Crisis Severity The severity score from 1 to 5 is based on 31 indicators aggregated into 3 pillars (impact, conditions, and complexity)2.60 Very lowVery high 5
Impact This measures the impact of the crisis itself, in terms of the scope of its geographical, and human effects.2.60 Very lowVery high 5
Humanitarian Conditions This measures the conditions and status of the people affected, including info about the distribution of severity.2.00 Very lowVery high 5
Complexity This measures the complexity of the crisis, in terms of factors that affect its mitigation or resolution.3.50 Very lowVery high 5
Access Constraints This measures the level of humanitarian access constraints.3.0No constraintsExtreme constraints
Cameroon: COVID-19 outbreak
Cameroon: Escalation of the Anglophone crisis
Longstanding grievances among the Anglophone population based in Northwest (NW) and Southwest (SW) regions concerning marginalisation, particularly in the education and legal systems, by the Francophone-dominated government led to widespread protests in October 2016. When protesters were met with force by Cameroonian security personnel in late 2017, the situation escalated into an armed conflict with increasing support in the Anglophone region to seek independence from Cameroon as an independent English-speaking Republic of Ambazonia.?Some 20 separatist groups, including the Ambazonia Military Forces (AMF), regularly clash with the Cameroonian security forces in the NW-SW regions.?Meanwhile, grave human rights violations and discriminatory treatment of Anglophone civilians by the Cameroonian security forces are regularly reported and drive opposition against the government in the Anglophone regions. ? The breakdown of basic services in the Anglophone region has sparked the displacement of more than 536,000 people to NW, SW, West, and Littoral regions as well as over 46,000 people to Nigeria.?
16/04/2020: The setting up of a Presidential Plan for the Reconstruction and Development of the English-speaking Northwest and Southwest regions have led to attacks between separatists and security forces. The plan was put in place to commence rebuilding of damaged infrastructure in the regions after the government declared that peace had returned to the northwest and southwest. Separatists announced that they would not accept such projects from a ‘foreign’ government in Yaoundé and began attacking machinery meant for the reconstruction, government offices, schools and other administrative units. This resulted in confrontations with the military on 7 April 2020 in Bui, Vekovi, Donga Mantung and Ngoketunjia in the Northwest, and Lebialem, Tatum, Mbiame and Manyu in the Southwest. There is no information on fatalities or injuries, but continued attacks are likely to increase displacement of people from affected areas into Nigeria or other parts of Cameroon. This would be complicated by the closure of international borders and internal restriction of movements due to the COVID-19 pandemic. Humanitarian access to affected population will also be hampered by insecurity and violence.?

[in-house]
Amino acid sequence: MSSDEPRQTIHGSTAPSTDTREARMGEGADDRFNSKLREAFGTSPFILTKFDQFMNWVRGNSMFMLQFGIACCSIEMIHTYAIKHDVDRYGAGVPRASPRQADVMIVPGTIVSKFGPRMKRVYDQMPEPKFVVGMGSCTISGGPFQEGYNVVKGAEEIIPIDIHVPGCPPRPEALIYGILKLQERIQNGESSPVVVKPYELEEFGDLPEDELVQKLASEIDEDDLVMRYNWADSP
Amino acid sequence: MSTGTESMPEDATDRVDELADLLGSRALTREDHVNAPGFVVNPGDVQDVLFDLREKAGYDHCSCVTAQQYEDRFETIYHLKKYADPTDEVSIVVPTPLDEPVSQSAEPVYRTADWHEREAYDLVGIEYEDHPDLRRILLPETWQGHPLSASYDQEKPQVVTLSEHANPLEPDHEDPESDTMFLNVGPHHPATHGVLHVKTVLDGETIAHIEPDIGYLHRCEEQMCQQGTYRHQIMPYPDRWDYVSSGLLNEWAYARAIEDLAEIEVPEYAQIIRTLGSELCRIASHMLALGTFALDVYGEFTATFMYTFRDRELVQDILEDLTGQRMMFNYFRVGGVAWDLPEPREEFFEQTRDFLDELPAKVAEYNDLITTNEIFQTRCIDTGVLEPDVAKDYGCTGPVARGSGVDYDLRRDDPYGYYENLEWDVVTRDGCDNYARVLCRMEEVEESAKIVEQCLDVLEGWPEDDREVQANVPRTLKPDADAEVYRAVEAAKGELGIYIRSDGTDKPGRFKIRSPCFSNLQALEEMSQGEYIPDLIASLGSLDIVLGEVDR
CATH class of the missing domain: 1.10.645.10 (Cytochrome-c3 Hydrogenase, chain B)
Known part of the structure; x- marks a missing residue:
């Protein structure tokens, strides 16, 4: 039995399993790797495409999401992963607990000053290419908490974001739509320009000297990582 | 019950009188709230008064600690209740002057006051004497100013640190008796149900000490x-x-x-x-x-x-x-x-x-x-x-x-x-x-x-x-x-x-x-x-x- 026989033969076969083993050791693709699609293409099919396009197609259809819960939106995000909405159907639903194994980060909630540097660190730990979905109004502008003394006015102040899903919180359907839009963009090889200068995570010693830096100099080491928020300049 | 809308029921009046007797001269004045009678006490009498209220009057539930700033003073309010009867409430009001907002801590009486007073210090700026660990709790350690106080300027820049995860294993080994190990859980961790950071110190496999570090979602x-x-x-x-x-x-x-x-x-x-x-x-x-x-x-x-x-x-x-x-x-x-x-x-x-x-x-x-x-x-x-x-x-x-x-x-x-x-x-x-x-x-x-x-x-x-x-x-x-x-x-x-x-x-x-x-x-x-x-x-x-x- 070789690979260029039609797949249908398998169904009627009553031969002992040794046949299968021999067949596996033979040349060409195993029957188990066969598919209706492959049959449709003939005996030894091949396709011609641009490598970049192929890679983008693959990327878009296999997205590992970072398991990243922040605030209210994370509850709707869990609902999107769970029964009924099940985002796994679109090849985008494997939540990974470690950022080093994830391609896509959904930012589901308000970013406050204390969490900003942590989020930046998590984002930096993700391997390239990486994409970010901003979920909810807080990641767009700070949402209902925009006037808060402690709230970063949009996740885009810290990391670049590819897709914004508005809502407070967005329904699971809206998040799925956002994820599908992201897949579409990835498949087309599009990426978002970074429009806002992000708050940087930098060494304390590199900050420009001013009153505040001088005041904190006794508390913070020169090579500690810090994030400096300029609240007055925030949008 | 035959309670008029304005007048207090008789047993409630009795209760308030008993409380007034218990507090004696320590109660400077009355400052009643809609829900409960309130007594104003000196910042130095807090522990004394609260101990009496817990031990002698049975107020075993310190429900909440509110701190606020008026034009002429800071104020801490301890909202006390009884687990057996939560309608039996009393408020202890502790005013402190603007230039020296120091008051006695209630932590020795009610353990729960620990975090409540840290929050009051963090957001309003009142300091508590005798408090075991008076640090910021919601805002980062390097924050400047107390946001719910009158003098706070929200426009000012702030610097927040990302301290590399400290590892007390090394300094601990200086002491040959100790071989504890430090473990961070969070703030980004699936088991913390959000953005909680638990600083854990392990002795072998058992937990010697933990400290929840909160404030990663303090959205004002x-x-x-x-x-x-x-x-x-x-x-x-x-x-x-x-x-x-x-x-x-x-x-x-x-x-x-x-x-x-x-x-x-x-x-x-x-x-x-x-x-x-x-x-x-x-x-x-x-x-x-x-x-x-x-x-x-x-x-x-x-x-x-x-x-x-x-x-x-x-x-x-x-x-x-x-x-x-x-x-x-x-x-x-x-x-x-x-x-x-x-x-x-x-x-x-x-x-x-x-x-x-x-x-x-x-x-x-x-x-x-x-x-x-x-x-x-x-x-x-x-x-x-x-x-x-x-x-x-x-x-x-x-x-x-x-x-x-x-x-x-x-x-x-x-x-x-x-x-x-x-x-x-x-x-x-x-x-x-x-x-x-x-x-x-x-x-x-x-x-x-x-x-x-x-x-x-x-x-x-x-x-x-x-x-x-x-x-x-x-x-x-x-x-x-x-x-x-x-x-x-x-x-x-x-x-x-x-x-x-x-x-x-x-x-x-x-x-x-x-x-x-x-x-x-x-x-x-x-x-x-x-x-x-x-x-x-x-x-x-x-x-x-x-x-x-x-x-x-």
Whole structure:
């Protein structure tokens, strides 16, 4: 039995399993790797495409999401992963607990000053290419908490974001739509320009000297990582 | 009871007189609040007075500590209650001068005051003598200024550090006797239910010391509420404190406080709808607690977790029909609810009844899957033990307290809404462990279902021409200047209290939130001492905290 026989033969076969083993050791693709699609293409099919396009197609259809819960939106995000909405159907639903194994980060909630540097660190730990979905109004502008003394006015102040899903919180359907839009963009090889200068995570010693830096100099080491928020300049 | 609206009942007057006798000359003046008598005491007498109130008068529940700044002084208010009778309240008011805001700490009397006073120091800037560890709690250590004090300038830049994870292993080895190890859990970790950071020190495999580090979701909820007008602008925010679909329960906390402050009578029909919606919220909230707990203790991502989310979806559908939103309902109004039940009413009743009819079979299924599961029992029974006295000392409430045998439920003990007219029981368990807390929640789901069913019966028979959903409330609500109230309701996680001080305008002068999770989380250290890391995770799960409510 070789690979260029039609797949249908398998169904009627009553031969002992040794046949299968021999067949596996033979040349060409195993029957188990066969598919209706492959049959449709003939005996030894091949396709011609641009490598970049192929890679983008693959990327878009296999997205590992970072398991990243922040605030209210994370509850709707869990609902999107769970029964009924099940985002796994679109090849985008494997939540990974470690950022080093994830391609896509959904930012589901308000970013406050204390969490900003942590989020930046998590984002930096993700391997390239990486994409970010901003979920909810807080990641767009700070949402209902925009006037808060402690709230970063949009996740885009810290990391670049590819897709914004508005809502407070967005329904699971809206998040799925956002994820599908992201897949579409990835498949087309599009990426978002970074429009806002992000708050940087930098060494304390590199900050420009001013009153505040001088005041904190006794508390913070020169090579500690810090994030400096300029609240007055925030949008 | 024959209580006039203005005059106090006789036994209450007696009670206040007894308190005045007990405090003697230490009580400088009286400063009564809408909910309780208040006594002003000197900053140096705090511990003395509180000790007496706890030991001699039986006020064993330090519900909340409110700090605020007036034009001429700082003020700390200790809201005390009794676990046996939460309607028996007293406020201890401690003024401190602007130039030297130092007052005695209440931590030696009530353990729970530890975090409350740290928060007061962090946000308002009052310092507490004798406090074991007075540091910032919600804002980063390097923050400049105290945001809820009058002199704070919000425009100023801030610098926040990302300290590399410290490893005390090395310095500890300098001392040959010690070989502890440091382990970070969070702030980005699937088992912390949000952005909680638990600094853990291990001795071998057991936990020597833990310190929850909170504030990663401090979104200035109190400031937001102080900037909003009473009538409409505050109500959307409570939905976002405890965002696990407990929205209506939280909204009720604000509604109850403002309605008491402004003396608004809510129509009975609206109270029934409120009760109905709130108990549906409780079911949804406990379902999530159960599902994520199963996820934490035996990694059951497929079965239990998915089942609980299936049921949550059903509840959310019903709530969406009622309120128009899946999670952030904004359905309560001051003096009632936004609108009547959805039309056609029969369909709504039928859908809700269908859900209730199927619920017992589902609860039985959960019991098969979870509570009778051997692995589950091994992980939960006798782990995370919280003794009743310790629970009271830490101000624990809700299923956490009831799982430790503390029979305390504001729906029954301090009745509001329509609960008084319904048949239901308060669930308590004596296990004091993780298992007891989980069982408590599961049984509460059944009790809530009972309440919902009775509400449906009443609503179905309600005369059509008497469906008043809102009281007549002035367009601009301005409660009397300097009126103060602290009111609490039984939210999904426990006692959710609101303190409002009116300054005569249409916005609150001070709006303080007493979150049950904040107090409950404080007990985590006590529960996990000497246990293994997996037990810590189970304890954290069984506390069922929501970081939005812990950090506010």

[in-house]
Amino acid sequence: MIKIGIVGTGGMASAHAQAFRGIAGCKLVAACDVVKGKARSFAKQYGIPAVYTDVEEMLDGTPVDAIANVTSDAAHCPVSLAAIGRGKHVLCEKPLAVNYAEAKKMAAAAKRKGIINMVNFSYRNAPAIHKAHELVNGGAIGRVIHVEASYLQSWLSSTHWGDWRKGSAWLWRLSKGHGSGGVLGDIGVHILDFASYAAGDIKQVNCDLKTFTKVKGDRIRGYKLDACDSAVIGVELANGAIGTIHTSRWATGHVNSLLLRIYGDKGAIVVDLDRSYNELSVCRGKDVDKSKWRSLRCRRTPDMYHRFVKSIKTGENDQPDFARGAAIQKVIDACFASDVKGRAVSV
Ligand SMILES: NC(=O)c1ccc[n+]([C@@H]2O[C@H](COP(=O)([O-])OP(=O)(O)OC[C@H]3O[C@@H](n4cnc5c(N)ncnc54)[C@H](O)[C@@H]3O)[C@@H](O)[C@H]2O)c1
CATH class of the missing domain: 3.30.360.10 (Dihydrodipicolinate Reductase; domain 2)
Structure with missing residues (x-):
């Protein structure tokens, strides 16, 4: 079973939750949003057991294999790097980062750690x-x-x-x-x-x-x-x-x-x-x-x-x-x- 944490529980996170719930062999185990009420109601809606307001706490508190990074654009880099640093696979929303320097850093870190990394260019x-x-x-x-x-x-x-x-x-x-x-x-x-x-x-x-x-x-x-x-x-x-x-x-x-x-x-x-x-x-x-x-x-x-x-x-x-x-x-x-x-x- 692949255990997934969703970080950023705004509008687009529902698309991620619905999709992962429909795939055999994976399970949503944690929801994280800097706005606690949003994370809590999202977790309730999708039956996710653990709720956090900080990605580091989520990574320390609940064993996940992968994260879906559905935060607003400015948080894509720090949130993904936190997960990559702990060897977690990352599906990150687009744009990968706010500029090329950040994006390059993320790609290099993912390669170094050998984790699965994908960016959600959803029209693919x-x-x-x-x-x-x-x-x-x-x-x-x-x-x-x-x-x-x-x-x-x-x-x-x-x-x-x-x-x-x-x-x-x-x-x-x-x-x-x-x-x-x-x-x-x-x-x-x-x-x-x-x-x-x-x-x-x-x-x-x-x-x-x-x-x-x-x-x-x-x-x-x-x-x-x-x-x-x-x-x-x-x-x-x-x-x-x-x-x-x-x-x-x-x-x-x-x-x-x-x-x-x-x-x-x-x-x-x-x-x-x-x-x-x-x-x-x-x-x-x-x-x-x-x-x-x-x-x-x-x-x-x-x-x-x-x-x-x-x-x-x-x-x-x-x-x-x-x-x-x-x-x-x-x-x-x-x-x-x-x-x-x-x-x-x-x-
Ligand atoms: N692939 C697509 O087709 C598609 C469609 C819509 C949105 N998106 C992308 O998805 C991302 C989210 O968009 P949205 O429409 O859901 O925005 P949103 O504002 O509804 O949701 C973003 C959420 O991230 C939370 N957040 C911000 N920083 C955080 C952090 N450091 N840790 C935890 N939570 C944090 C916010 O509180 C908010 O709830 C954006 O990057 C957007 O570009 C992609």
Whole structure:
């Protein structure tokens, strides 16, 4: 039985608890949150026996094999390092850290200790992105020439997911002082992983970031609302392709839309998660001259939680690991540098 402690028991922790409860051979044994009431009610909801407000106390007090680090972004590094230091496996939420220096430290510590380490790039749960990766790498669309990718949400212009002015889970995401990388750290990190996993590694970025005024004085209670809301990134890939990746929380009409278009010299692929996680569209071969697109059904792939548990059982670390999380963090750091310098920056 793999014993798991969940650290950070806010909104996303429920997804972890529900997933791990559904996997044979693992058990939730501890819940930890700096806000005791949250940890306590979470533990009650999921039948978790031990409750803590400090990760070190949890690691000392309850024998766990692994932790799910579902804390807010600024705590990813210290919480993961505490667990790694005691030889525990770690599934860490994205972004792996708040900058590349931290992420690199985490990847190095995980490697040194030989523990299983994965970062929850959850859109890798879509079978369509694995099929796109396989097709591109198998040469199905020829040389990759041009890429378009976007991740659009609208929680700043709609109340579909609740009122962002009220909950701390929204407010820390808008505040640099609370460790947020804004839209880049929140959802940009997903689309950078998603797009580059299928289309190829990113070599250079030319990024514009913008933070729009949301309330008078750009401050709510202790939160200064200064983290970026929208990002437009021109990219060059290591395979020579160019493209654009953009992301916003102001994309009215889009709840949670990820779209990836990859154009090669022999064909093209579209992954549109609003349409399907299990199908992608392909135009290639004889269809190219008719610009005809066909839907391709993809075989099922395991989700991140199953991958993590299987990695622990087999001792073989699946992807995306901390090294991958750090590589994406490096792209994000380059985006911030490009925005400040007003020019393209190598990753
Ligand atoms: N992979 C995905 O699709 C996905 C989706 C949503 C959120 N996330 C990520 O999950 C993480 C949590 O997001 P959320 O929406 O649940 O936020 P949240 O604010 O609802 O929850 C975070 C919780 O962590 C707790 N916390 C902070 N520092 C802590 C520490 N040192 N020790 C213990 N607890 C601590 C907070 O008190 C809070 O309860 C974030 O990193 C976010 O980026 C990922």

11/04/2020: In response to UN Secretary-General’s call for a global ceasefire, the Southern Cameroon Defence Forces (SOCADEF) announced they would cease hostilities from 29 March till 26 April.? The biggest separatist armed group, Ambazonian Defence Forces (ADF), said they will not participate in the ceasefire because it would mean giving Cameroonian state forces access to their communities. The Cameroon government has not commented on the ceasefire.?
VERY HIGH CONSTRAINTS
Access has deteriorated in the North-West and South-West (NWSW) regions where hostilities between Anglophone separatists and the government have heightened insecurities. The presence of both state security forces and non-state armed groups challenge the humanitarian space throughout these regions by imposing roadblocks, demanding exchanges for relief, and confiscating aid. Continued violence, poor roads, and lockdowns restrict the movement of people in the Anglophone regions. Concern continues for the growing number of IDPs across the NWSW, who struggle to access basic services.
Read more in the latest ACAPS Humanitarian Access Overview.